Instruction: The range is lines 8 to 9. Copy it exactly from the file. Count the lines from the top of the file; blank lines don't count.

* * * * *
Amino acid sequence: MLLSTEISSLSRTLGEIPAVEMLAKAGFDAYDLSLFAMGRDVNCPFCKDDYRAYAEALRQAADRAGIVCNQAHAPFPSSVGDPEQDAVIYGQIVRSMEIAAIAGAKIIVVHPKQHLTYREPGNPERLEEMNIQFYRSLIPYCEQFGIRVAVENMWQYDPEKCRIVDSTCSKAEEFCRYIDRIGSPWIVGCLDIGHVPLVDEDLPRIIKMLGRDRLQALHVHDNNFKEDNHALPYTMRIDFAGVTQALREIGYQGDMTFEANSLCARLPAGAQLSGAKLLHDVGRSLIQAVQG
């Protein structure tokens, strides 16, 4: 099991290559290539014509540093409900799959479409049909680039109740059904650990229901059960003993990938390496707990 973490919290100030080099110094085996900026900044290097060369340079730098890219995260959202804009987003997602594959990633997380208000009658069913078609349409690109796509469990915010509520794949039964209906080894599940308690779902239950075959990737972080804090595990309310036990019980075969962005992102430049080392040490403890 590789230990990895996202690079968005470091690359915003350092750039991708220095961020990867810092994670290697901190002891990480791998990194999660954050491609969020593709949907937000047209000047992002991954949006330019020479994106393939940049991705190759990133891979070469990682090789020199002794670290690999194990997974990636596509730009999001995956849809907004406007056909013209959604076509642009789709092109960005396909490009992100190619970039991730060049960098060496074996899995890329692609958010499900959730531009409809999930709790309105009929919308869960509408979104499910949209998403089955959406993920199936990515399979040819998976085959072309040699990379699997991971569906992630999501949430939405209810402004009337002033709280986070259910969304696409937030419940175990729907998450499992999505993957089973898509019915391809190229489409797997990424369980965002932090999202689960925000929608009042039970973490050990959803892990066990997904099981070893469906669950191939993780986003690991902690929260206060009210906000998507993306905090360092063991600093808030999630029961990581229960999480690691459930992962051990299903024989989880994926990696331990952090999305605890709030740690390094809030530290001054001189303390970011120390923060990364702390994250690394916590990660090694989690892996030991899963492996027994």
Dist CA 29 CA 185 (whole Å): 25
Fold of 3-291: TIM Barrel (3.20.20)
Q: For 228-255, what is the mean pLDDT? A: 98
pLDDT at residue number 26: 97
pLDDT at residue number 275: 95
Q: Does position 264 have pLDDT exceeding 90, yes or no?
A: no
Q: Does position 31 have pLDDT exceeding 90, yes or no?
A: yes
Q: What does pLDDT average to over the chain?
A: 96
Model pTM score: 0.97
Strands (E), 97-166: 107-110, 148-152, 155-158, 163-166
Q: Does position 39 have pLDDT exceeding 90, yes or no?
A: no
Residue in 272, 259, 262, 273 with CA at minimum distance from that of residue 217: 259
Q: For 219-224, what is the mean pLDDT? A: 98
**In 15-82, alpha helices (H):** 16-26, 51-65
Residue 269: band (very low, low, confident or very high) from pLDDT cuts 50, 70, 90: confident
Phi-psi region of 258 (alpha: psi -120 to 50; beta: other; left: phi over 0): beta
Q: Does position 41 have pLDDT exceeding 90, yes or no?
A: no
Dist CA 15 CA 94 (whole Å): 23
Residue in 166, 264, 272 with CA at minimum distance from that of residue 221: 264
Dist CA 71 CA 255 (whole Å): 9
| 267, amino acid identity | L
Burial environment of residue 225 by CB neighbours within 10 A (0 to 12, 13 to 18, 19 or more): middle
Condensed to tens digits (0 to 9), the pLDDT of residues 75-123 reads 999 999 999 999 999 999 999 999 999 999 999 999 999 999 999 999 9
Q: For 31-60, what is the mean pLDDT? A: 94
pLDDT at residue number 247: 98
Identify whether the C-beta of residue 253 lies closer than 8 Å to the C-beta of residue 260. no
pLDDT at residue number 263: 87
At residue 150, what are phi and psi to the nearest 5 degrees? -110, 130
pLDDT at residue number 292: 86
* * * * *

Q: Does position 264 have pLDDT exceeding 90, yes or no?
A: no